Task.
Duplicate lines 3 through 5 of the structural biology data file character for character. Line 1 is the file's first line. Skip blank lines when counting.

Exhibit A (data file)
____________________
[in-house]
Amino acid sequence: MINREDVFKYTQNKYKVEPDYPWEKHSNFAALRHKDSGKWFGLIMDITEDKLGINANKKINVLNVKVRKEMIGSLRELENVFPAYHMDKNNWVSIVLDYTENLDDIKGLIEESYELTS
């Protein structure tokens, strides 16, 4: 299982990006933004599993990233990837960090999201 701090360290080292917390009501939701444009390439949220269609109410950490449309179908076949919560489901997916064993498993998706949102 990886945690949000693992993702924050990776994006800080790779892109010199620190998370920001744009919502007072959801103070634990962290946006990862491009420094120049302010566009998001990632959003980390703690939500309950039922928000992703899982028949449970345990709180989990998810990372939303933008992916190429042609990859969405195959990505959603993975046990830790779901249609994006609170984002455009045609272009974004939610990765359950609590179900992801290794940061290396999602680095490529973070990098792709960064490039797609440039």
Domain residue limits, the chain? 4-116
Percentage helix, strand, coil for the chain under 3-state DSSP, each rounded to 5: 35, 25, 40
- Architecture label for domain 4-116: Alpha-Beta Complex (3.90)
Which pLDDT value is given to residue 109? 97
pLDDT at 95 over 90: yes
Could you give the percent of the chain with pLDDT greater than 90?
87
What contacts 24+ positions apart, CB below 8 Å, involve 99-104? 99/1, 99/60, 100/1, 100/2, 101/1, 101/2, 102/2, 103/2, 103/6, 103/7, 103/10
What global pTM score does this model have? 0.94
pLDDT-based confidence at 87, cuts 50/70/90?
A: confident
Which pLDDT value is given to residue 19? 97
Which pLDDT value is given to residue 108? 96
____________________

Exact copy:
């Protein structure tokens, strides 16, 4: 299982990006933004599993990233990837960090999201 701090360290080292917390009501939701444009390439949220269609109410950490449309179908076949919560489901997916064993498993998706949102 990886945690949000693992993702924050990776994006800080790779892109010199620190998370920001744009919502007072959801103070634990962290946006990862491009420094120049302010566009998001990632959003980390703690939500309950039922928000992703899982028949449970345990709180989990998810990372939303933008992916190429042609990859969405195959990505959603993975046990830790779901249609994006609170984002455009045609272009974004939610990765359950609590179900992801290794940061290396999602680095490529973070990098792709960064490039797609440039």
Domain residue limits, the chain? 4-116
Percentage helix, strand, coil for the chain under 3-state DSSP, each rounded to 5: 35, 25, 40